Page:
Previous Courses

Art History

The Paths of the World: Italian Renaissance Art and the Beginning of Globalization (15th and 16th Centuries)

Open, Lecture—Fall

The Renaissance was possibly the first true global movement of ideas resonating across different continents, with exciting new paths traveled by both men and objects. At a time of new geographical discoveries and new trade routes, artistic and cultural exchanges between distant cultures were becoming increasingly frequent. This course is an exploration of Renaissance art in Italy through a selection of places (Florence, Venice, and Rome but also other minor centers) and objects analyzed in the context of the so-called “early-modern globalization.” Focusing primarily on painting and sculpture—but with occasional forays into architecture, printmaking, and collecting—this course emphasizes episodes of exchange, encounter, and cross-cultural influences and looks at art objects as symptoms of cultural “cross-fertilization” that embody influences from both near and far.


Theatrum Mundi: Baroque Art and the Wonders of the World

Open, Lecture—Spring

This course analyzes the artistic and architectural production from the Baroque period (c. 1590-1700) through a global perspective. At the end of the 16th century, the consolidation of international power through trade and early colonialism—along with the expansion of the Catholic missionary movement—accelerated the process of globalization already started in the previous century, with important cultural and artistic consequences. Style and content of artworks underwent important changes, as artists grappled with new ideas, forms, and meanings. This course emphasizes cross-cultural interconnections in this era, looking at dynamics of transmission and exchanges between different places—Europe, Asia, and the Americas—while still examining critical monuments and artists long considered canonical. In addition to art and architecture, we will examine natural and artificial objects that, brought to Europe from distant lands, painted an exciting picture of a world filled with countless wonders.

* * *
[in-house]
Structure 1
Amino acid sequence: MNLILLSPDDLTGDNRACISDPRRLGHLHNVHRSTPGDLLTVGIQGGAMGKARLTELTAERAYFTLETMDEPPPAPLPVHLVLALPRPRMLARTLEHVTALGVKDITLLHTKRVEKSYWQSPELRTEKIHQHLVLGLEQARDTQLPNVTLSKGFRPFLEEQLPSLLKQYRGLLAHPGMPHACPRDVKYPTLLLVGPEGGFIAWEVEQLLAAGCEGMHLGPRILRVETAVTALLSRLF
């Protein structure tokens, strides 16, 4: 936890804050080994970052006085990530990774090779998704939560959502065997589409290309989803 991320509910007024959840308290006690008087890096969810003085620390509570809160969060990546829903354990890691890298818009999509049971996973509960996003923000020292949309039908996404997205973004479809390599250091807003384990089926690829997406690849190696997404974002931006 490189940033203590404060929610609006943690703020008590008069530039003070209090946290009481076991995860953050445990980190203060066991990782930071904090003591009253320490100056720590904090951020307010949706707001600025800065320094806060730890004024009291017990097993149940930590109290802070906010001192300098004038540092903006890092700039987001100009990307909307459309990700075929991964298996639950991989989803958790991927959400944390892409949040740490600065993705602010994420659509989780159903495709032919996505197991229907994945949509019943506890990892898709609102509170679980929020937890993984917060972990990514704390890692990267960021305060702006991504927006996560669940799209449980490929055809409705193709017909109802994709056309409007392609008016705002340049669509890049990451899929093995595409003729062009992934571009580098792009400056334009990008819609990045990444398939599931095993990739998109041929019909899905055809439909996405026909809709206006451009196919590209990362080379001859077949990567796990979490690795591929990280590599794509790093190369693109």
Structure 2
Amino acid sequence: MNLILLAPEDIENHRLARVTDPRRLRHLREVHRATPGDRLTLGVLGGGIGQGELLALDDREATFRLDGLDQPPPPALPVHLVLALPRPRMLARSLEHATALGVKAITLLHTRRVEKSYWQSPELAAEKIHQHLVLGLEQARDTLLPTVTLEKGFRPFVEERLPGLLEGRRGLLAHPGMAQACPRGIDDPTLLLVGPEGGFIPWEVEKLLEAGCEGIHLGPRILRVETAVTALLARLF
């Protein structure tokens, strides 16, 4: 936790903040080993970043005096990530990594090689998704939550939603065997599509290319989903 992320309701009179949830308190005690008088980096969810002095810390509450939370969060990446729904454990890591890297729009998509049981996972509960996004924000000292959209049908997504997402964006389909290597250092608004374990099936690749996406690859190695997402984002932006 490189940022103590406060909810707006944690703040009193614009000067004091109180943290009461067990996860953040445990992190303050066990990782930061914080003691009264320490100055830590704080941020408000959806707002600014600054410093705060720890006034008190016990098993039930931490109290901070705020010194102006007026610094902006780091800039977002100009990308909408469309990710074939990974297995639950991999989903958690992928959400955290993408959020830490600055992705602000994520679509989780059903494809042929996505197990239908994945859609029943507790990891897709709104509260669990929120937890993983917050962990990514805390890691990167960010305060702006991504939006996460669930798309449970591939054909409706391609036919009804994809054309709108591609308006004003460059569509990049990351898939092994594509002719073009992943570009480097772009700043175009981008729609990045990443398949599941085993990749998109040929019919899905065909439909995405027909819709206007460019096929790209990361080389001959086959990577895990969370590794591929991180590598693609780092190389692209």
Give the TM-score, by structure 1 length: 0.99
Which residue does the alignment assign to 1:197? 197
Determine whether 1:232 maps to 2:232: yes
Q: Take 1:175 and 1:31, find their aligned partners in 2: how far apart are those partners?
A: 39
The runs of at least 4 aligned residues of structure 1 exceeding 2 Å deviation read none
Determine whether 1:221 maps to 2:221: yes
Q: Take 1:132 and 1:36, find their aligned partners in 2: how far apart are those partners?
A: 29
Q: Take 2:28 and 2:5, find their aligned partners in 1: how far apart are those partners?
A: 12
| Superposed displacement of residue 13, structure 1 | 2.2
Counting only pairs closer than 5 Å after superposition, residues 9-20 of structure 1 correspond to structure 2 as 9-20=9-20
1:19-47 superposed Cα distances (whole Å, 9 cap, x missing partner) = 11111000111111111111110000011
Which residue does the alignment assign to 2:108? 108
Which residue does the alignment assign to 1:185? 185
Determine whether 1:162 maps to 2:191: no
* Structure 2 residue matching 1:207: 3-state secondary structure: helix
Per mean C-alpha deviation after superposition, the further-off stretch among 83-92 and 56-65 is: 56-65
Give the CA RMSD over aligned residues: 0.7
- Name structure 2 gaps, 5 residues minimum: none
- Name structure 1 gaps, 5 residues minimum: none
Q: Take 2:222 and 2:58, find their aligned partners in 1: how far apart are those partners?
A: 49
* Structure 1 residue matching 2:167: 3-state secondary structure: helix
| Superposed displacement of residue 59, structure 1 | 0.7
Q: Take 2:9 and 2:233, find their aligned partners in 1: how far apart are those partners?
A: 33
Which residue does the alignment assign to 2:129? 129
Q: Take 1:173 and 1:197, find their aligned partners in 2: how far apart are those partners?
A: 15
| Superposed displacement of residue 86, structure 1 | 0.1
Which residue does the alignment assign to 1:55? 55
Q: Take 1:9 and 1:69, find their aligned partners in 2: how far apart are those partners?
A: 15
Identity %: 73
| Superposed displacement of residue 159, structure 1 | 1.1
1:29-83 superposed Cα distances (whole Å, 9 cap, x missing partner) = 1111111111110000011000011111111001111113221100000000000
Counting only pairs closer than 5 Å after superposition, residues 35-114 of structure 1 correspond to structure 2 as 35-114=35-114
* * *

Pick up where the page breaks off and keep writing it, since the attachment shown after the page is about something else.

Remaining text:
Theories and Methods of Art History

Sophomore and Above, Seminar—Spring

The focus of this course is on the theories and methods developed by art historians and philosophers in order to determine the meaning and function of “art.” We will examine foundational approaches to art—from formalism to iconology, from social history to semiotics, psychoanalysis, and feminism—and how they shaped the current discipline of art history. Students will become comfortable manipulating theoretical ideas but, in order to keep the discussion as grounded as possible, actual artworks selected early in the semester will be used to discuss the different theories and methods of art-historical analysis. Additionally, we will devote time to more recent contributions to the discipline and its theoretical model—exploring, for instance, issues of gender and postcolonialism and looking at art through the perspective of those subjects traditionally marginalized by institutional art history.